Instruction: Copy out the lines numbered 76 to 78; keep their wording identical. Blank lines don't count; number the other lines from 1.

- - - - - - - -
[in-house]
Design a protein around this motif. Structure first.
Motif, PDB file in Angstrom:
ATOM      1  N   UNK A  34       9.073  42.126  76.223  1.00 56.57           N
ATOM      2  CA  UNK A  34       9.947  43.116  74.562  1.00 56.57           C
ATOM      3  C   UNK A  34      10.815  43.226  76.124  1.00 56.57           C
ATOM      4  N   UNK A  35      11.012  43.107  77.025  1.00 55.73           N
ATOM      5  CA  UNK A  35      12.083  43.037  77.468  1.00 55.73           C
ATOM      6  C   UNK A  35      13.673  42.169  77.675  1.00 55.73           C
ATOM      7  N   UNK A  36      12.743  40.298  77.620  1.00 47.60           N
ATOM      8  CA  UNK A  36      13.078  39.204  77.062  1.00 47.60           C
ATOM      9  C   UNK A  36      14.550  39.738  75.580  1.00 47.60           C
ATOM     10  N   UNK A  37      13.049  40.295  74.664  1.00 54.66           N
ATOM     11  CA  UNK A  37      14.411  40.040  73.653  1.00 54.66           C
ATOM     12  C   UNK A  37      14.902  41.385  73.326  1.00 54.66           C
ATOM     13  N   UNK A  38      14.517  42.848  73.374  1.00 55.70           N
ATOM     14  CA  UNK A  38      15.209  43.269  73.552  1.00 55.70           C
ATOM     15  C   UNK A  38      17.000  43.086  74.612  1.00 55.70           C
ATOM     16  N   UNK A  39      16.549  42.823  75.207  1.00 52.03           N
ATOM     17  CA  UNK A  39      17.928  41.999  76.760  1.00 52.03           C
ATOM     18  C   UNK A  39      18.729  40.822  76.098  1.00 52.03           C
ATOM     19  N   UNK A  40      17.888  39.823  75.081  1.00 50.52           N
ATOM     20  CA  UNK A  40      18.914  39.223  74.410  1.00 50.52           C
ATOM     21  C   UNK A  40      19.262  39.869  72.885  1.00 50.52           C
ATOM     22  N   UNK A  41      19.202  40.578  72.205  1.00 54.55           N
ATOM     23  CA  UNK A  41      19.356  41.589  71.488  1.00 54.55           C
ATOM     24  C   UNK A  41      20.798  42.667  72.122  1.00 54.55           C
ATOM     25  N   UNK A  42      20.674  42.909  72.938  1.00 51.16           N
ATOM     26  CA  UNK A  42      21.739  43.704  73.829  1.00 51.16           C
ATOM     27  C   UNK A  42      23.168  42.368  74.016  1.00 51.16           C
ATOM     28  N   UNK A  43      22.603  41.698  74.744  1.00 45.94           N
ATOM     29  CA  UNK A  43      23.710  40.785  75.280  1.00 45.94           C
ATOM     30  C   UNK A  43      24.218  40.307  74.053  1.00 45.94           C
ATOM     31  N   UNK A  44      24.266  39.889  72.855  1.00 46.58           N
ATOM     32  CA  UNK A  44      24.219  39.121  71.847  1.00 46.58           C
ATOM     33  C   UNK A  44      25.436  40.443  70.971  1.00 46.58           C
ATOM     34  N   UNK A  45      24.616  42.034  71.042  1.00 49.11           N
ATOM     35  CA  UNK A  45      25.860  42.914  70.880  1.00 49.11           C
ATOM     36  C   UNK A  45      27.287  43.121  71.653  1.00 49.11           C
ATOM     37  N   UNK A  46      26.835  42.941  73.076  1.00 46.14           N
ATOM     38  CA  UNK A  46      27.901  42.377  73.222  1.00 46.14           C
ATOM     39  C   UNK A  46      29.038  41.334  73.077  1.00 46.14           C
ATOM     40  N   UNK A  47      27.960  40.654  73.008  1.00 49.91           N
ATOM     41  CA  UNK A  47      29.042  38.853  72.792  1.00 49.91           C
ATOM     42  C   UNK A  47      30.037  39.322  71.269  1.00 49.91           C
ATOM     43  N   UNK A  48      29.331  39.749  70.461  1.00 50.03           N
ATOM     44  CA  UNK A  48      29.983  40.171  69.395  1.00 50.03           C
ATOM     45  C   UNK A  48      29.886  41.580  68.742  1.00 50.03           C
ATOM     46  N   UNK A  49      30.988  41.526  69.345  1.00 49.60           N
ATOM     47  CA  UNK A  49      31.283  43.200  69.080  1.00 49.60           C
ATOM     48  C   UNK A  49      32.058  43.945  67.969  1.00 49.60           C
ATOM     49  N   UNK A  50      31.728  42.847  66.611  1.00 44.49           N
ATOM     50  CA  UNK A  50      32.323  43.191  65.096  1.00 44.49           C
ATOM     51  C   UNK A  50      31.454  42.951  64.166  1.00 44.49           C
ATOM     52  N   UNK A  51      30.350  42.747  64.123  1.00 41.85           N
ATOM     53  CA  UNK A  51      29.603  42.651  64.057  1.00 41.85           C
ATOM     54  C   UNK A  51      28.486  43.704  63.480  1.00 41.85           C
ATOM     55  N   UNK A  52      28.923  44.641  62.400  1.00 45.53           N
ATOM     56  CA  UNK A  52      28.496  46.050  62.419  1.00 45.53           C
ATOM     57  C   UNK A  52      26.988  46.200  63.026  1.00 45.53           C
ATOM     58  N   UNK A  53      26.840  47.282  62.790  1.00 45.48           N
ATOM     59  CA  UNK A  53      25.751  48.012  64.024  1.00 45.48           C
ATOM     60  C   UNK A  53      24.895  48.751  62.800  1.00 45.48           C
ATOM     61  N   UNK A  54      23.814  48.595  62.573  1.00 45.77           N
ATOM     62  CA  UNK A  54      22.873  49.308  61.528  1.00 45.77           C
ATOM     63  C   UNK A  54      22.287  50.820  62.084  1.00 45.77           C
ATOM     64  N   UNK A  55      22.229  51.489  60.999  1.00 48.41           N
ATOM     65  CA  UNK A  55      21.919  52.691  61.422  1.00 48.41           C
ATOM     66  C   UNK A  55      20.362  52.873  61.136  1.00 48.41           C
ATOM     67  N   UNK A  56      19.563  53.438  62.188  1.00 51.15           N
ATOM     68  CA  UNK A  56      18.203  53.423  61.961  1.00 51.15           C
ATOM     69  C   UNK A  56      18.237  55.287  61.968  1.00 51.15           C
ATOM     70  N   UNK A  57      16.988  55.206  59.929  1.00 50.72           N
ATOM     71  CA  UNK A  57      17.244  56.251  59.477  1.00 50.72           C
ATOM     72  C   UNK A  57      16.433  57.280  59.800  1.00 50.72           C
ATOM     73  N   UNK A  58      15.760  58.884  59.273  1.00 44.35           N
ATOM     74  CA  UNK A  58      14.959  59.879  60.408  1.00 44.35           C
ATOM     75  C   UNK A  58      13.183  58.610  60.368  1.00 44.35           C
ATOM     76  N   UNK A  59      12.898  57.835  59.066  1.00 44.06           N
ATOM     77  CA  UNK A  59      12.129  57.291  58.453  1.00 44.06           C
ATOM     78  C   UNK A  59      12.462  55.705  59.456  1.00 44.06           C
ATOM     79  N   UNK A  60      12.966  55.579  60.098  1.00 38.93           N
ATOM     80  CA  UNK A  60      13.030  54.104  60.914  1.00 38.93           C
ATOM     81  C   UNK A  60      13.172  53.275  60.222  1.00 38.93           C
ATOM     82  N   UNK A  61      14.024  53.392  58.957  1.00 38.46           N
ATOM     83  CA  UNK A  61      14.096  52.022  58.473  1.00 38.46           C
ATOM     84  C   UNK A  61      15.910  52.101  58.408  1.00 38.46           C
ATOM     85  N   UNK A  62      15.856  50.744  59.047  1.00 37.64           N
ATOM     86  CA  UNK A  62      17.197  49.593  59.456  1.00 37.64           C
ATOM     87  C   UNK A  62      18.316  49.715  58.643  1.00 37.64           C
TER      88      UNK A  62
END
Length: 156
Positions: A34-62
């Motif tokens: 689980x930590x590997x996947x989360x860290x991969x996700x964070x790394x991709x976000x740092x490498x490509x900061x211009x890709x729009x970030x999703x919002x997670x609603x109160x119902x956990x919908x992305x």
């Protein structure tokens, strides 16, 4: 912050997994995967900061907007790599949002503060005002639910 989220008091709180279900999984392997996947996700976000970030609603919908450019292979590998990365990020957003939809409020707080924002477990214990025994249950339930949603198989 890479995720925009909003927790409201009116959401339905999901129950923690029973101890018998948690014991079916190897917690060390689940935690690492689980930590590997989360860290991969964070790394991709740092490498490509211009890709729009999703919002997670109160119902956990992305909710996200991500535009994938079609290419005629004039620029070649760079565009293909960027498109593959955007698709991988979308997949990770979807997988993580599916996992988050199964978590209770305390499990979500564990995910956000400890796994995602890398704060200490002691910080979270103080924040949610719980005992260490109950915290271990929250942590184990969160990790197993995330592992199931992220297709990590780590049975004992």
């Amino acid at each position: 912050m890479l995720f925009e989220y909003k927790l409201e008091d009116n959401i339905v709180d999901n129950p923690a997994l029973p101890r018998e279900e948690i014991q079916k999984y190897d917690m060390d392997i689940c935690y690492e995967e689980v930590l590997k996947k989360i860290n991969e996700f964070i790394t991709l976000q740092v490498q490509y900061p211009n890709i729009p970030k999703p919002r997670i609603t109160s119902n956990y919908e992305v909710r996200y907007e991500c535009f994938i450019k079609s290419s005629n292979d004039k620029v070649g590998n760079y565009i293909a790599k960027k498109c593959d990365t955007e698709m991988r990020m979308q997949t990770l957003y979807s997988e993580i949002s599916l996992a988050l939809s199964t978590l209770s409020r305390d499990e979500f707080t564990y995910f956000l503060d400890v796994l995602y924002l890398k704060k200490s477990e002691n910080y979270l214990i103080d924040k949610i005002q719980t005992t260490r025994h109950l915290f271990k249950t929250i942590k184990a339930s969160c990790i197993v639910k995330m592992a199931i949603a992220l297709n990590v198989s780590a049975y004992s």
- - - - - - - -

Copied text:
ATOM     73  N   UNK A  58      15.760  58.884  59.273  1.00 44.35           N
ATOM     74  CA  UNK A  58      14.959  59.879  60.408  1.00 44.35           C
ATOM     75  C   UNK A  58      13.183  58.610  60.368  1.00 44.35           C